Second Project: Learning Ensembles
Due Date: Friday, June 2, 2000
In this project you will implement two ensemble learning methods
(bagging and boosting), apply them to a decision tree learner, and compare the
What to do:
The ID3 decision tree learner. You may treat numeric values by
pre-discretizing them into equal-sized bins, and missing values by filling in
with the most frequent value (or the average, for numeric attributes). For
extra credit (an additional 2% of the class grade), implement reduced-error
The Bagging ensemble learning method, applied to ID3, using 25 replicates.
The AdaBoost ensemble learning method, applied to ID3, using a maximum of 25
rounds of boosting. (Important detail: If the weight of an example ever gets
below one in a billion, make it zero. This will avoid lots of niggly
Choose 10 or so datasets from the package that will be/was emailed to the
class list; choose whichever ones are most interesting to you (for some of
them, more info is available in the
Compare the error rate of bagging, boosting and ID3 on these datasets.
(The error rate of a learner is the percentage of test examples for which
it predicts the wrong class.) To measure error rate, you may use 10-fold
cross-validation (i.e., divide the examples randomly into 10 sets, and
for i = 1 to 10 learn on all but set i and test on set i; average the
- For extra credit (an additional 5% of the class grade, for a total of 30%
for this project, or 32% if you implemented reduced-error pruning), implement
and test your own ensemble learner. Your learner can be a refinement of
bagging, a refinement of boosting, combine elements of both, or incorporate a
new approach of your own design. Your grade in this part of the project will
depend on how original and well-justified your ensemble learner is, and on how
well it does in the experiments compared to bagging and boosting.
What to turn in:
We may ask you to do a demo / oral discussion of the project.
The code you wrote: ID3, bagging, boosting, your own algorithm if you
implemented one, and any other code you wrote to run experiments. The code
should be clear and reasonably documented (comments, brief description of
architecture / guide to the code, and brief user manual). Also include
instructions for building the executables and any command line options the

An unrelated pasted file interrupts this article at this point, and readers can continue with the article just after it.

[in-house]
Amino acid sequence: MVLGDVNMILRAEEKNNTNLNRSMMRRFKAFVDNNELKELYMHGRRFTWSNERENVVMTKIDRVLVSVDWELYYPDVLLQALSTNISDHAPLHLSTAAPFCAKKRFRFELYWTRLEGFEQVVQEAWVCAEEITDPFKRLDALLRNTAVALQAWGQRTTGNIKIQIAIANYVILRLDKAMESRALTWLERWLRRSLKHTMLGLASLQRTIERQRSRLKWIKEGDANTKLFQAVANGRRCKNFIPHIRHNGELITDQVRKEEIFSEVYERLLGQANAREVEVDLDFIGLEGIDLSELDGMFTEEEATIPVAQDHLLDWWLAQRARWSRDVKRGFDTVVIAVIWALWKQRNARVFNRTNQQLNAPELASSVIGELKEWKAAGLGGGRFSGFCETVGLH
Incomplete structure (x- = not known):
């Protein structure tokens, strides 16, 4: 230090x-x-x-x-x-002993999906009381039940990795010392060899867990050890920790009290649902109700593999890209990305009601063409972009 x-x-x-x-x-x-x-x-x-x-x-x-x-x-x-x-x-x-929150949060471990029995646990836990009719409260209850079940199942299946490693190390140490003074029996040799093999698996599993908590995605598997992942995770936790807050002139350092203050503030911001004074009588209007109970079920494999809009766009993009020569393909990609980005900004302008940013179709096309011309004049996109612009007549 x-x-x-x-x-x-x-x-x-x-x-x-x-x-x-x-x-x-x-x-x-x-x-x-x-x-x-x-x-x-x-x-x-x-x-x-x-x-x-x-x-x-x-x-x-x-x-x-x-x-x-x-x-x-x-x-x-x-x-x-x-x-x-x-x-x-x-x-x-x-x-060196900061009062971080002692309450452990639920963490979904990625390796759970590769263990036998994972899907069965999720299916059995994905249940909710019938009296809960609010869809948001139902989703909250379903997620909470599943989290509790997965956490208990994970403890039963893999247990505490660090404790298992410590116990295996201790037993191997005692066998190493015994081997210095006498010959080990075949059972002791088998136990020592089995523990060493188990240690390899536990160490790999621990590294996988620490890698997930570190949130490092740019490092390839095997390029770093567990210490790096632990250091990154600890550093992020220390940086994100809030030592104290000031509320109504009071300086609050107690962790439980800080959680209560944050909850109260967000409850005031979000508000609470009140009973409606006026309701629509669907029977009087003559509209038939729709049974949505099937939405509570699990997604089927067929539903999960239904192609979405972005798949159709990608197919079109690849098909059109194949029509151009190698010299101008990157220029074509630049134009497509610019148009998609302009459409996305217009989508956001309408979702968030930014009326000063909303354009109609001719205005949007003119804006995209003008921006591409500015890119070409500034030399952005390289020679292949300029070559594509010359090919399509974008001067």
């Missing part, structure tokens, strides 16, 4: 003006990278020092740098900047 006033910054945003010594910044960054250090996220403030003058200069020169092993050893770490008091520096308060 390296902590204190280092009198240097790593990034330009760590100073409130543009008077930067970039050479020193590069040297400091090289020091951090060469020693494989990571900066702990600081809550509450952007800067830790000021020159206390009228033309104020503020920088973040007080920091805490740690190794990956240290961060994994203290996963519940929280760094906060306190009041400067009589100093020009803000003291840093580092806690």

grading program should use.
A description of what parts of the project were done by each of the two
A short report describing your experiments and results (and your learner, if
you implemented one). This report should have a maximum of four letter-sized
pages in 12pt font with 1" margins, including all tables and figures (six
pages if you implemented your own learner).
Acceptable languages for the project are: LISP, C/C++, and Java. Other
languages may be allowed by special request.
(Not indispensable, but helpful.)
Recent research on learning ensembles has appeared in the
International Conference on Machine Learning, the National Conference
on Artificial Intelligence (AAAI), the International Joint Conference
on Artificial Intelligence, and others. The proceedings of these
conferences are available in the library, and many of the papers can
be found online, often from the authors' home pages. A list of home
pages of machine learning researchers is maintained by
Standard file formats to be used:
Your learners should accept files in C4.5 format. For a dataset named "foo",
you will have three files: foo.data, foo.test, and foo.names. Foo.data
contains the training examples and foo.test contains the test examples,
in the following format: one example per line, attribute values separated
by commas, class last, missing values represented by "?". For example:
where the class is "good" or "bad". The "foo.names" file contains the definitions
of the attributes. The first line is a comma-separated list of the possible
class values. Each successive line then defines an attribute, in the order
in which they will appear in the .data and .test files. Each line is of
the form "attribute_name: continuous", if the attribute is numeric, or
"attribute_name: comma-separated list of values", if the attribute is symbolic.
Every line ends with a full stop. For example:
cola: tc, none, tcf.
pension: empl_contr, ret_allw, none.
educ_allw: yes, no.
vacation: average, generous, below_average=2E
lngtrm_disabil: yes, no.
dntl_ins: half, none, full.
bereavement: yes, no.
empl_hplan: half, full, none.
For each run, your learners should output to standard output a line
containing the error rate on the test set and the size of the model learned,
separated by white space:
(This is for compatibility with the toolkit described below. Since the
project doesn't require measuring model size, you can use a dummy value for
To help with the experimentation phase, we are providing some infrastructure.
Check out the University of Washington Data Mining Lab, which is being developed by
Geoff Hulten. Email Geoff
with questions, suggestions or bug reports.